Our relationships with indigenous peoples are guided by our human rights policy and ICMM’s FPIC statement.

Considering the values, needs, and concerns of indigenous peoples in site activities is a fundamental part of our partnership approach and the way we do business.

We aim to support the development of long-term, mutually beneficial relationships with indigenous peoples that are affected by our activities. Partnerships with indigenous peoples can contribute to more sustainable land management, and a stable operating environment.

Our commitment to recognizing the unique rights and social, economic and cultural heritage of indigenous peoples and their distinct interests and concerns is set out in our Human Rights Policy, and is informed by the ICMM position statement to work to obtain free, prior and informed consent (FPIC) of indigenous peoples.

We require these sites to develop and implement an Indigenous Peoples Plan that outlines specific actions to engage, address impacts and provide opportunities for Indigenous Peoples.

There were no major incidents or violations of rights involving indigenous people at our sites in 2019. The creation of the Nevada Gold Mines joint venture with Newmont increased both our operational footprint in Nevada and our exposure to indigenous peoples. As part of our integration work with the legacy Newmont sites, we undertook significant engagement to develop positive relationships with these communities.

A Variety of Perspectives are Necessary to Run the Best Business

Diversity and inclusion help us reach our maximum potential as a world-class company.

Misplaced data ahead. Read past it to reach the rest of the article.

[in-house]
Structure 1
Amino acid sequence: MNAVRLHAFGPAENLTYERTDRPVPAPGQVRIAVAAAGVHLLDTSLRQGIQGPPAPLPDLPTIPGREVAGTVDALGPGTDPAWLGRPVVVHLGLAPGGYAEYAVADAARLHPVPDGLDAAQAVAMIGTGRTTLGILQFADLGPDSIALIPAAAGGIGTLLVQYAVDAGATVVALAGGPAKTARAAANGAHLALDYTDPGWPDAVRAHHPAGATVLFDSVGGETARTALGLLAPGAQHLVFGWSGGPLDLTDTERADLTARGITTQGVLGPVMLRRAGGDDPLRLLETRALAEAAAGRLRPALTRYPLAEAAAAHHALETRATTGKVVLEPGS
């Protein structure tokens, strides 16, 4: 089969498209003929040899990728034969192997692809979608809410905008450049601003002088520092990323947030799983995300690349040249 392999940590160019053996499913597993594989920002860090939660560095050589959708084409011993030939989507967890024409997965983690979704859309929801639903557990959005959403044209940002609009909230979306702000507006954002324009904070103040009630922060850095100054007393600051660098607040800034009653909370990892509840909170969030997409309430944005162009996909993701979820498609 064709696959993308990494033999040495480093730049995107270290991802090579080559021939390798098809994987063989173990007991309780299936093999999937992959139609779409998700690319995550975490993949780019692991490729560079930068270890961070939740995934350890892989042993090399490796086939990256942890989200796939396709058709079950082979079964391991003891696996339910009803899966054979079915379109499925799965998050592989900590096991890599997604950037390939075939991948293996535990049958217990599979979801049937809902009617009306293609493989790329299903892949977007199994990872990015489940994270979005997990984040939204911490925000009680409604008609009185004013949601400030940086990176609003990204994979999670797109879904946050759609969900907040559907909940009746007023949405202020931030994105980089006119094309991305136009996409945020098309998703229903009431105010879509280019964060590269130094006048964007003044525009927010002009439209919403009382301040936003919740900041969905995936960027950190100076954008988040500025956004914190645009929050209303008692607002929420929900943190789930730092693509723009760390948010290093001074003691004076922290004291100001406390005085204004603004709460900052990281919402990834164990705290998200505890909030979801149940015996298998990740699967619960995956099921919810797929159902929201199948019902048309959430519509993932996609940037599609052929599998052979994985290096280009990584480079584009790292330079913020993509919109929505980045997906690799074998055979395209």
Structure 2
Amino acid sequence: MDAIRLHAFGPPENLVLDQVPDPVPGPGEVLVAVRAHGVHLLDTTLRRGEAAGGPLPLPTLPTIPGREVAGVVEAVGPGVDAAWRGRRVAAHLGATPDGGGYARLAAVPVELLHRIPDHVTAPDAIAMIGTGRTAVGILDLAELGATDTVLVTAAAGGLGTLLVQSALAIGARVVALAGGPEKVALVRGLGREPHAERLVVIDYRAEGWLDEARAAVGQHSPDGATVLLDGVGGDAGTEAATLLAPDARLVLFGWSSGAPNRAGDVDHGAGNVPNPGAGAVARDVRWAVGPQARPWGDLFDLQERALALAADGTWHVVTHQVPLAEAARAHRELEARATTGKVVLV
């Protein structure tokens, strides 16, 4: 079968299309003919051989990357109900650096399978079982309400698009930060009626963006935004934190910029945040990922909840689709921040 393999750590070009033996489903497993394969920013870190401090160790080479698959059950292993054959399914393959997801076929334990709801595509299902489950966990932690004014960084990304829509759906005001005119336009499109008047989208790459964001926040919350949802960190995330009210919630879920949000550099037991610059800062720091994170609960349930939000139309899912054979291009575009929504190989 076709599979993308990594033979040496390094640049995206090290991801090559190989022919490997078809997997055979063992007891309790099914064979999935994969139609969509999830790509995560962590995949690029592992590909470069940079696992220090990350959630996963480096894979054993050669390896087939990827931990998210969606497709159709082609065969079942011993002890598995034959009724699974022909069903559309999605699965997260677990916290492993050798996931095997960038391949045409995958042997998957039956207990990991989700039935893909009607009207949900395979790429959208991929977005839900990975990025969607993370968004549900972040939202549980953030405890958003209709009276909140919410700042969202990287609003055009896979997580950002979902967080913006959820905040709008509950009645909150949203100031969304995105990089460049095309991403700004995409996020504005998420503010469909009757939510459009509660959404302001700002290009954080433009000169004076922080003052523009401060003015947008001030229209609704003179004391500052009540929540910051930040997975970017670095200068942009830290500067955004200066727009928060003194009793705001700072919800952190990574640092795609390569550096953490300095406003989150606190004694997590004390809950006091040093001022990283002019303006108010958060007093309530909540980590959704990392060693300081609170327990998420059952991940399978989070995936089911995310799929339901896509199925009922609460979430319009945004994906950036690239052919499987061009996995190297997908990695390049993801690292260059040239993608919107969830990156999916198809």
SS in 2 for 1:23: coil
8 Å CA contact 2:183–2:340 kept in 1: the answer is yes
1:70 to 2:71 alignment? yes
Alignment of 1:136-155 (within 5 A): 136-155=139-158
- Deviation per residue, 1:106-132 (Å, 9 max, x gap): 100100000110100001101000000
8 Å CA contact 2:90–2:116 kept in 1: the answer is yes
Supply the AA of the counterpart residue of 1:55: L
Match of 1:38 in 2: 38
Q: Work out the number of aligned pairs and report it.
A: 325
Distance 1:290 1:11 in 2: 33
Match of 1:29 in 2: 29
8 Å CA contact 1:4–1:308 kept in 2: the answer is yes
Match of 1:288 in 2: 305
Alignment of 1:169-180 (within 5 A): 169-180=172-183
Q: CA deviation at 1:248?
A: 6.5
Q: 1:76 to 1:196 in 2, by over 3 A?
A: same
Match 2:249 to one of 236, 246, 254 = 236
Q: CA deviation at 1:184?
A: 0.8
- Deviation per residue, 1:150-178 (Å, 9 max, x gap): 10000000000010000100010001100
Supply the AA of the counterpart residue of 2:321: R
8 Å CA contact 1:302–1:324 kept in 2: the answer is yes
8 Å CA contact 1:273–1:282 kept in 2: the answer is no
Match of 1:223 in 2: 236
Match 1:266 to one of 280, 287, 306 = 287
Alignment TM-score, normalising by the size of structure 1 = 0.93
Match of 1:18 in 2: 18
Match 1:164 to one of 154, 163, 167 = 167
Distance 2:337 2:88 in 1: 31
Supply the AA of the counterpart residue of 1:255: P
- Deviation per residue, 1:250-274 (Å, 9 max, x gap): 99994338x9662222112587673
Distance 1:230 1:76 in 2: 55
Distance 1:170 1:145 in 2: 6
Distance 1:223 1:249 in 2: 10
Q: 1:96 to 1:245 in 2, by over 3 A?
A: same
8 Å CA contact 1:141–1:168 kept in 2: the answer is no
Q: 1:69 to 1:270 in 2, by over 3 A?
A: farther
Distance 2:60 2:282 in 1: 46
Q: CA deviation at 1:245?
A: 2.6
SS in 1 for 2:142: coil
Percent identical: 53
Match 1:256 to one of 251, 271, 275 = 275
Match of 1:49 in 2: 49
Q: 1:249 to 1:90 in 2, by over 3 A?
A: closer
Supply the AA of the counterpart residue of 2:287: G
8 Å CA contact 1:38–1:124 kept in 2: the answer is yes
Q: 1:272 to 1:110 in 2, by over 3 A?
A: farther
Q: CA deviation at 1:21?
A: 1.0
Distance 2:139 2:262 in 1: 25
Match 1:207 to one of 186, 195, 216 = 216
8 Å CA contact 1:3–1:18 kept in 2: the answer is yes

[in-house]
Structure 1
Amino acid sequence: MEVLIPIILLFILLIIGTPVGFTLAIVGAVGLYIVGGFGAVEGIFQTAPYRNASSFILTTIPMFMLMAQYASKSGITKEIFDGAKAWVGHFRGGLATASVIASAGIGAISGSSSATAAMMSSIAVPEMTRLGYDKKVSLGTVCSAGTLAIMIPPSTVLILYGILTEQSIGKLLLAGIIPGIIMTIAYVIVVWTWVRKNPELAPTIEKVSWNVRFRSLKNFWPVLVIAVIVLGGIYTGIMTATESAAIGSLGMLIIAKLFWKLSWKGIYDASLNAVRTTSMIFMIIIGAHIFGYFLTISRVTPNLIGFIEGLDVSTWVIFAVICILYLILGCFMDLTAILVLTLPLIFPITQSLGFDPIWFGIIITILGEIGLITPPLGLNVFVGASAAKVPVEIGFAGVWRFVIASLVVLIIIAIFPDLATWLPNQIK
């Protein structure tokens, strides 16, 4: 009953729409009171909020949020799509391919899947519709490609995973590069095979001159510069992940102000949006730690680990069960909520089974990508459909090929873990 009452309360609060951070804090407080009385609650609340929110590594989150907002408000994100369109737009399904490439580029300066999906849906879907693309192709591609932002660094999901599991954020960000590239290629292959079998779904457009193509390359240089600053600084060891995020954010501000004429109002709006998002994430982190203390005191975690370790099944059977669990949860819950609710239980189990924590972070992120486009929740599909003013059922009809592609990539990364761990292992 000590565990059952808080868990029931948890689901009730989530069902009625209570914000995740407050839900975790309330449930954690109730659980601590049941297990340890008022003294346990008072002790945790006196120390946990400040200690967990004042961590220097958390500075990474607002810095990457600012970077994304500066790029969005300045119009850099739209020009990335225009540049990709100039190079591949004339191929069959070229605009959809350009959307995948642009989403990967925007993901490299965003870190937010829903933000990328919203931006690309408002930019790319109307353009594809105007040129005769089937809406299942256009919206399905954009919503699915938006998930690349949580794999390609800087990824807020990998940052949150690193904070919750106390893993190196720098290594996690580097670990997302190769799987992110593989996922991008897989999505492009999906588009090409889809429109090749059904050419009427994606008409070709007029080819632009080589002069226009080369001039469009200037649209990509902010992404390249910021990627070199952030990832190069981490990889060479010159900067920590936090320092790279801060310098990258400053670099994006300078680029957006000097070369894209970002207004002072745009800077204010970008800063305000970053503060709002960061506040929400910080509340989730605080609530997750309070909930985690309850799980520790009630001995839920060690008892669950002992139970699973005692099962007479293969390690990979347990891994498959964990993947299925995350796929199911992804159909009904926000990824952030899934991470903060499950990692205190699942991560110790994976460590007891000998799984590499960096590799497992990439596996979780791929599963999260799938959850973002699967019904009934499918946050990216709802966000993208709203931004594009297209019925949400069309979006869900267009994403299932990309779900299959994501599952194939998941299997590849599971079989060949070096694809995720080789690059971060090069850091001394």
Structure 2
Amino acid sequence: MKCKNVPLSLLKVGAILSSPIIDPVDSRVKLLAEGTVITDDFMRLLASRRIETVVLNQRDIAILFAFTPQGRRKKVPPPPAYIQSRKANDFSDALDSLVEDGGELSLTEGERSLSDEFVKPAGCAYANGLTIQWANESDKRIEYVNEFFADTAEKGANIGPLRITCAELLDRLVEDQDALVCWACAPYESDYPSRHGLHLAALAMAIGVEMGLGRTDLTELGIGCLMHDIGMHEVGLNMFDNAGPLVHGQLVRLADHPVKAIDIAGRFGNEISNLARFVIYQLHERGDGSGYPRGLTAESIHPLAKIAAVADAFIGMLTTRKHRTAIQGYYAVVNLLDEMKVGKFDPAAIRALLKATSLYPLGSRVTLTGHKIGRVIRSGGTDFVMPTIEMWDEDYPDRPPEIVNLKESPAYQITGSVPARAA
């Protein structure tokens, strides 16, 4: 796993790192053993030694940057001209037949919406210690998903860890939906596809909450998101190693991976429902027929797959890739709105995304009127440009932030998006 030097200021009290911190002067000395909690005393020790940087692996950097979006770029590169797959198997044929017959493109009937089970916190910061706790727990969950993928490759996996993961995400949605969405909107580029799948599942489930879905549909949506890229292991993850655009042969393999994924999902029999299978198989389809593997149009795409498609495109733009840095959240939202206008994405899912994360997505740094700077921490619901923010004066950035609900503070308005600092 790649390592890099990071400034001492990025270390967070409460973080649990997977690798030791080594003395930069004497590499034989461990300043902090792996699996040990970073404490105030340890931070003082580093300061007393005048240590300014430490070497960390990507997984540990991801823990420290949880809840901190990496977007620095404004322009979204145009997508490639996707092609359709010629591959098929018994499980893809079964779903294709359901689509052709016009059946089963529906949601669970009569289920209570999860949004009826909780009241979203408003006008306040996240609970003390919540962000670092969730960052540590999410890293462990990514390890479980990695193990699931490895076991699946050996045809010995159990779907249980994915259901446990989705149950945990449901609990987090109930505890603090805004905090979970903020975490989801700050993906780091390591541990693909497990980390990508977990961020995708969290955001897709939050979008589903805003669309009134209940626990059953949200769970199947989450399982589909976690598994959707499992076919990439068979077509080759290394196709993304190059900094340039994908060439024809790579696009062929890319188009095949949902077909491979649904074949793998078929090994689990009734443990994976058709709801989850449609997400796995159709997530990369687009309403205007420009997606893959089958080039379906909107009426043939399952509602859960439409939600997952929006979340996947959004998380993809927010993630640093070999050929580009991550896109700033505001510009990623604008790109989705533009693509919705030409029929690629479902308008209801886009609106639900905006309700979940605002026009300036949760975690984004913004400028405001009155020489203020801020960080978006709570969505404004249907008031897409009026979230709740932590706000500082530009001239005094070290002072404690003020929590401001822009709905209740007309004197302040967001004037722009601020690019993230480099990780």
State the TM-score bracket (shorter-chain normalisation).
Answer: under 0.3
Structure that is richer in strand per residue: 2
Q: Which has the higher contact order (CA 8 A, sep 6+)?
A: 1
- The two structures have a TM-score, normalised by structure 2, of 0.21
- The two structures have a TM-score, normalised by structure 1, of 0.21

We believe a diverse workforce is a better workforce. It provides the wide range of thinking and problem-solving skills necessary to run a global company, and a deeper talent pool to select from.

Our approach to diversity is to foster a supportive working environment in which all individuals realize their maximum potential within the company. We don’t believe setting diversity targets is an effective way to deliver the skilled workforce we need to run a world-class mining company. Instead we commit to employing the best people to do the best job irrespective of gender, race, disability, ethnicity, religious belief or sexual orientation. This commitment is codified in our Diversity Policy.

A key focus of our diversity work goes to righting the gender imbalance in the mining industry, we do this by:

  • Encouraging and supporting working on the mines.
  • Working with governments to remove barriers to employment for women.
  • Working to change cultural norms and raise awareness among local communities about the importance and value of employment and economic empowerment for local women.
  • Working to support alternative livelihood opportunities for women. 
     
Gender

  1. Ms Loreto Silva was appointed to the Board in August 2019 and we are well-advanced in our search for a second highly qualified female candidate.